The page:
Degree Name

Doctor of Philosophy


School of Civil, Mining and Environmental Engineering


The requirement for appropriate protective measures for critical infrastructures such as government buildings, military installations, airports and high-value assets that are at high risk of being subjected to extreme loads is becoming more important day by day due to the increasing trend of terrorist activities, accidental explosion events and vehicle crashes. There are various protective measures to improve the blast and impact protection level of structures. Among the available protective measures, the lightweight protective structures have attracted the attention of design engineers due to their high energy absorption and low aerial density. Some of the lightweight protective systems include aluminium foam core, regular cellular core and auxetic core sandwich panel systems. Recently, the auxetic core sandwich panel protective systems have attracted more attention from researchers and structural engineers due to the developments in fabrication technologies.

The auxetic core sandwich panels exhibit negative Poisson’s ratio behaviour, unlike regular cellular core sandwich panels, leading to exceptional improvements in performance characteristics such as material concentration, shear resistance, high energy absorption, indentation resistance and fracture resistance. In addition to protective structures, these exceptional properties make auxetic systems suitable for various applications such as sports and medical equipment. However, for several reasons, the understanding of the blast and impact response of auxetic core sandwich panels is lacking reliable full-scale performance data. Most of the existing investigations have been based on small-scale auxetic structures fabricated from polymeric materials using additive manufacturing techniques, which are not suitable for blast loading conditions. There is a limited number of studies on the performance of small-scale metallic auxetic structures, fabricated using laser beam melting techniques, under impact loads. The studies on the blast and impact resistance of large-scale auxetic core protective systems are currently limited to numerical simulations. Therefore, this research aims to fill the research gap by developing a new class of auxetic core sandwich panel systems and investigating the response of the protective system under realistic blast and impact loads.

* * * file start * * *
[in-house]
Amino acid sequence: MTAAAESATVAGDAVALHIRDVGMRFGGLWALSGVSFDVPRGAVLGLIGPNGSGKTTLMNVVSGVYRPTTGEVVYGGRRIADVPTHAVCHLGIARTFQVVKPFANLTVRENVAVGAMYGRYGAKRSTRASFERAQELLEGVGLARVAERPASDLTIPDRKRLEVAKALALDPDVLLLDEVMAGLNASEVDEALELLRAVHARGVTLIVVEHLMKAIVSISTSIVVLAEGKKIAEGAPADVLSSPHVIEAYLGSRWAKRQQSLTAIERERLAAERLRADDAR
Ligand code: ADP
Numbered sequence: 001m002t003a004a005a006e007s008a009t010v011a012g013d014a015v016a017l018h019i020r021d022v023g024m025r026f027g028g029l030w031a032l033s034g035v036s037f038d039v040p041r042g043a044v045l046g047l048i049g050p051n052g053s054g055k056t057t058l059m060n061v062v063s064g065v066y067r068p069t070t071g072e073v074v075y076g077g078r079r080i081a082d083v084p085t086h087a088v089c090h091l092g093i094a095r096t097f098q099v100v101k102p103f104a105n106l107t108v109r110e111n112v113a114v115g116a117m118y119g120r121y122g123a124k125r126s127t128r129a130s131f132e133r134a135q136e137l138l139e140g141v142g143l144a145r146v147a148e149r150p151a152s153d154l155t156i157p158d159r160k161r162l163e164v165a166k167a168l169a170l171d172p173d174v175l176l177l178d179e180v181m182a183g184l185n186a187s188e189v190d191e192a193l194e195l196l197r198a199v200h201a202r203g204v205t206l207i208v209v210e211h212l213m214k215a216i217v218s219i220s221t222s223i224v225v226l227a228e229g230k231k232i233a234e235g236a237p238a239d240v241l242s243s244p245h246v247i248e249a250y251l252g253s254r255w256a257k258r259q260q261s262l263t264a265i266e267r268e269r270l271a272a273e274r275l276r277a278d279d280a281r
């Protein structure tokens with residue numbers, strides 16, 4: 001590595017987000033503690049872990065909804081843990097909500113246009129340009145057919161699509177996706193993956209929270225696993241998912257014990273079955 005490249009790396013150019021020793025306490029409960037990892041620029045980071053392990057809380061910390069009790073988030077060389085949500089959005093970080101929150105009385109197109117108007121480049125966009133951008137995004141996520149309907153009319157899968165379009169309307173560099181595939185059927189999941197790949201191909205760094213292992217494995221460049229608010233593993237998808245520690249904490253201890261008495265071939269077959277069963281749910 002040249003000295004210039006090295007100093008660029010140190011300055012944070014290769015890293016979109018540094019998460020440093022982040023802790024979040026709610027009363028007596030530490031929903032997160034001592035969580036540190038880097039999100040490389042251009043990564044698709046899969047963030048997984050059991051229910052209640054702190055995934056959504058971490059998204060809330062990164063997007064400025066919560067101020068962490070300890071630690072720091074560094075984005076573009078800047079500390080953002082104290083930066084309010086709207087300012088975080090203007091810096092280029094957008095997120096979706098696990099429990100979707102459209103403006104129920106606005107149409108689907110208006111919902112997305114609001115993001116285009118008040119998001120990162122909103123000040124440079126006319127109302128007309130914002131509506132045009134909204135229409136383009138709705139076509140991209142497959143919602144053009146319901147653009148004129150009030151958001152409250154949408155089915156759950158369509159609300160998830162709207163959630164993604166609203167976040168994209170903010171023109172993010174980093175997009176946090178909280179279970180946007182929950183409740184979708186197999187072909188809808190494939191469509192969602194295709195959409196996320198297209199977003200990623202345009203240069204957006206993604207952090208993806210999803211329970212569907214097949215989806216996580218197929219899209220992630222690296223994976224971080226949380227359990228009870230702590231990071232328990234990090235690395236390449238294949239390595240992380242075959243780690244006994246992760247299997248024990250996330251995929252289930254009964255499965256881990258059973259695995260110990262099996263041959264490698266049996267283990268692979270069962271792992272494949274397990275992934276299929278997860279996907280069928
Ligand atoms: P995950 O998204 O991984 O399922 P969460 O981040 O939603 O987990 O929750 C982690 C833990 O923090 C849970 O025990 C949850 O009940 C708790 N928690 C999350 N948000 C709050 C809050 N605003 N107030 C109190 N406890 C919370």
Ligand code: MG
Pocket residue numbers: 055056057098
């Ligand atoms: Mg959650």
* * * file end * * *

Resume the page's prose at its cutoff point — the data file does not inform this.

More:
FoR codes (2008)

010301 Numerical Analysis, 0905 CIVIL ENGINEERING, 090506 Structural Engineering, 091202 Composite and Hybrid Materials



Unless otherwise indicated, the views expressed in this thesis are those of the author and do not necessarily represent the views of the University of Wollongong.